Washington: Life threatening intestinal problems in babies could soon be detected with the help of their diapers`` contents, say researchers.
This medical test, initially researched for aging adults, also could be helpful for premature babies, say scientists with Texas AgriLife Research.
Dr. Robert Chapkin and his colleagues developed this technique, which uses fecal samples rather than the dreaded colonoscopy.
Chapkin, a nutritional scientist, said: "Babies have many, many intestinal conditions that can threaten their lives, such as necrotizing enterocolitis, or NEC, in premature infants.
"Our test, we believe, may have utility for determining a baby``s risk, and then would allow a physician to take different strategies in order to abate or prevent the possibility of this life threatening disorder."
According to Chapkin, necrotizing enterocolitis can be fatal and it``s very difficult to determine which babies in the premature baby intensive care unit will develop the disease.
For the study, the scientists analysed the fecal samples of 20 healthy babies in collaborative research with clinicians at the University of Illinois-Urbana.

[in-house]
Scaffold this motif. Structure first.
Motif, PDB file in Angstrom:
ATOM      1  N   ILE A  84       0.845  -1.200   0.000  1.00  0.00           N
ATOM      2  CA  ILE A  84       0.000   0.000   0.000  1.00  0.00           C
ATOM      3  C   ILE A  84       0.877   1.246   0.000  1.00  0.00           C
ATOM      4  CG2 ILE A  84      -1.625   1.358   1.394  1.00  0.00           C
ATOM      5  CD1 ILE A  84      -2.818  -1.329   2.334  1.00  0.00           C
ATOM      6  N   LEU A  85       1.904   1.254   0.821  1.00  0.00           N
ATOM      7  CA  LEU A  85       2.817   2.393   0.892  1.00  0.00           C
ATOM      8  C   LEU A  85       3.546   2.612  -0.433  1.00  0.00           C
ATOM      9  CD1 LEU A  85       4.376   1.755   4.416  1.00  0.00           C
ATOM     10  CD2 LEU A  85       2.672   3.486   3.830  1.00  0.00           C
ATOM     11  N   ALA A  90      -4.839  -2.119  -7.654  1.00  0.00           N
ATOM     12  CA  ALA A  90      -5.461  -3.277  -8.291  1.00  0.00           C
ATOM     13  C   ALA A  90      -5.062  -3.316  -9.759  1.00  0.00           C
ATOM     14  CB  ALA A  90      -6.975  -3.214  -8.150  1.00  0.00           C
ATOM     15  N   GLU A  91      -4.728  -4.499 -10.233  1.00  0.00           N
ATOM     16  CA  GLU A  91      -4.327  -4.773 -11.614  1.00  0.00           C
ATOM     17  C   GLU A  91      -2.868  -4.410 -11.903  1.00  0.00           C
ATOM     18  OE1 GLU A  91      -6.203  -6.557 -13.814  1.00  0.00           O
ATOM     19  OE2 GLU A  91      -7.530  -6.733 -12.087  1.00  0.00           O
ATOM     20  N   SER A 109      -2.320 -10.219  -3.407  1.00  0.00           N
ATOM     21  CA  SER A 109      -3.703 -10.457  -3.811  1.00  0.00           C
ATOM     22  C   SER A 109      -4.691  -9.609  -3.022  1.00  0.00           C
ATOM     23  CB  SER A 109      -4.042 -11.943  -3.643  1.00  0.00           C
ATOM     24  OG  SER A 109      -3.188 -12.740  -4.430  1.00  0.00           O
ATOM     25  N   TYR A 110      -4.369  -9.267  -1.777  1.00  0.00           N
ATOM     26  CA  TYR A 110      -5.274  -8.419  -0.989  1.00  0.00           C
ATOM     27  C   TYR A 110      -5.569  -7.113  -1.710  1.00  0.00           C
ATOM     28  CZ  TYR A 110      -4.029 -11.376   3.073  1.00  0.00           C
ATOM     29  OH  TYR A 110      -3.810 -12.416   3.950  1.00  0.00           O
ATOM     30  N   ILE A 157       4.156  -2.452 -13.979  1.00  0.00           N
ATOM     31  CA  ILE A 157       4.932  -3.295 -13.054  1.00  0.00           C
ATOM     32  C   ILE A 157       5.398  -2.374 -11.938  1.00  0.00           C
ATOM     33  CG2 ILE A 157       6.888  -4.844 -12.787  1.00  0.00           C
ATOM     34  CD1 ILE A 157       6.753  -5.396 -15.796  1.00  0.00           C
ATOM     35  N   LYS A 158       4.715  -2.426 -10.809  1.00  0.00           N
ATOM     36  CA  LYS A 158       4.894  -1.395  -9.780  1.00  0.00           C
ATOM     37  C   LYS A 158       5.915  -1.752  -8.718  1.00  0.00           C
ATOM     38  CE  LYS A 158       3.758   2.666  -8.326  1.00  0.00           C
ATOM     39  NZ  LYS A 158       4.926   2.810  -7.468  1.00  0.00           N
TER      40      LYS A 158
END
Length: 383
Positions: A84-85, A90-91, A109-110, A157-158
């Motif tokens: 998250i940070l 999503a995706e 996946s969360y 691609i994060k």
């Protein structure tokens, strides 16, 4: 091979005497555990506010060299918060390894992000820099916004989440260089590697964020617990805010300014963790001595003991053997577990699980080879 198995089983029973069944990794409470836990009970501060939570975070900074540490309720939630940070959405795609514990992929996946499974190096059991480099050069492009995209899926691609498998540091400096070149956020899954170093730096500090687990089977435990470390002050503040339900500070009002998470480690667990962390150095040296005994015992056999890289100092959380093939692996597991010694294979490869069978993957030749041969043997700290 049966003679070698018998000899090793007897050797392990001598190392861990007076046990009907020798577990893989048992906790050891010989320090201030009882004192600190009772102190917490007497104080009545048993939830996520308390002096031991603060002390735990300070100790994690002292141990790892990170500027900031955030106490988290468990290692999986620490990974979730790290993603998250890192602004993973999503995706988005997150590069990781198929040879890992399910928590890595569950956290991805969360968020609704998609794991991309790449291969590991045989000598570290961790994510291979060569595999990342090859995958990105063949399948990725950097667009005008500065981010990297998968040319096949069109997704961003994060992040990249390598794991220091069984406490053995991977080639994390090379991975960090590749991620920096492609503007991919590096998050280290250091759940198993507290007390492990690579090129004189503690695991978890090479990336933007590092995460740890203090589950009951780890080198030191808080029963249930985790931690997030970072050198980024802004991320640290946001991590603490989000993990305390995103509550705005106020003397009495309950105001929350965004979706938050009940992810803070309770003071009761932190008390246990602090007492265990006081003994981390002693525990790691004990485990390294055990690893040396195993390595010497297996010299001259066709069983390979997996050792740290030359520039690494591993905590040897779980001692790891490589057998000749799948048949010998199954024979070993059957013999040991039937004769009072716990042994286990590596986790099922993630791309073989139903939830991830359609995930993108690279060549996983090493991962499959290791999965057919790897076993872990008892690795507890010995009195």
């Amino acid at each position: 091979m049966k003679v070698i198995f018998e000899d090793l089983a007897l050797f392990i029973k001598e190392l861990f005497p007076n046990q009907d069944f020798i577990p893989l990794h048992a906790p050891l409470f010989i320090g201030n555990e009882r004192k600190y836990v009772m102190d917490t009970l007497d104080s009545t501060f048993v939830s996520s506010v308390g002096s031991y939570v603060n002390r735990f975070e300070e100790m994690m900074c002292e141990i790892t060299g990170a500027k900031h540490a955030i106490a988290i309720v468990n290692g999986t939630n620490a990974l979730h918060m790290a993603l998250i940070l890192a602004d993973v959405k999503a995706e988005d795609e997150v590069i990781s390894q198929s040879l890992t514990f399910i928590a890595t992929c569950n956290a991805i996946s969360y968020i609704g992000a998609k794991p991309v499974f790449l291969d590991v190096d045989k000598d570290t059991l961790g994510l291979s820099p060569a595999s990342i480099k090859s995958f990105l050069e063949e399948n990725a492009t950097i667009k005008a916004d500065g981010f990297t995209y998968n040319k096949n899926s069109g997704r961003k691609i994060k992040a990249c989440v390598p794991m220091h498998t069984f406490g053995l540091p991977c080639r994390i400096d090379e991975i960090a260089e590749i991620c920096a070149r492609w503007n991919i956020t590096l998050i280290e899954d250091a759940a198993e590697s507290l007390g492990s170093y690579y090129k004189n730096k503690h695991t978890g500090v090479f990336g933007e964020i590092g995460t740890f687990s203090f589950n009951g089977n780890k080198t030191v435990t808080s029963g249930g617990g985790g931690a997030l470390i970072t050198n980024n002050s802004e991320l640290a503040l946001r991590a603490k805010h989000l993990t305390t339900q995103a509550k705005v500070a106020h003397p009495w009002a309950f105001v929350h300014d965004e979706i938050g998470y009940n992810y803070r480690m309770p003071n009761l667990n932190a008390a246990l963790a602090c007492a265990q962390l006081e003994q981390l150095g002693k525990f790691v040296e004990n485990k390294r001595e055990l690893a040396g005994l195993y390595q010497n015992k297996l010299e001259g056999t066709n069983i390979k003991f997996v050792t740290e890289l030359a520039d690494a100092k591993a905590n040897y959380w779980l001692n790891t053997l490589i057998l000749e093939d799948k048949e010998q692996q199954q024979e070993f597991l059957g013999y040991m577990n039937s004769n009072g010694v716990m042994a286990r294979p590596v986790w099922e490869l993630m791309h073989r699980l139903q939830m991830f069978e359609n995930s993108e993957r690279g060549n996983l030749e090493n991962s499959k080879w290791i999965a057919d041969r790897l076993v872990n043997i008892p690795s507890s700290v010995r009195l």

Just as in the original research, in which the researchers detected genetic fingerprints from adult stools as a predictor of colon cancer, the study with babies found that genetic markers in their stools could also give a picture of medical condition of an individual baby``s intestines.
The study used fecal samples from 10 human babies that were exclusively breast-fed and 10 human babies that were exclusively formula-fed, Chapkin stated.
He said: "I think that all doctors would agree that the breast is best. But why? What is in the breast milk? How does it affect developmental biology, why are infections and complications in the intestine lower in a breast-fed baby than a formula-fed baby?
"The only way to deal with that is to have a molecular signature of the intestinal cells from that baby and to follow it over time."
The team was able to identify genetic signatures from each baby, noninvasively, he said. In other words, each baby``s diaper was the source of the samples.
Chapkin said: "This may unlock a gold mine, allowing us to understand how that little baby``s intestine is changing and developing and whether or not that formula is meeting those needs.
"That would allow formula companies to further enrich their formulas with essential molecules so that the two worlds - breast milk and formula - look very similar at some point in time."
He added: "We have a long way to go to validate these markers, but we show it``s feasible, it can be done.
"We have genetic signatures that are different in these babies`` intestines."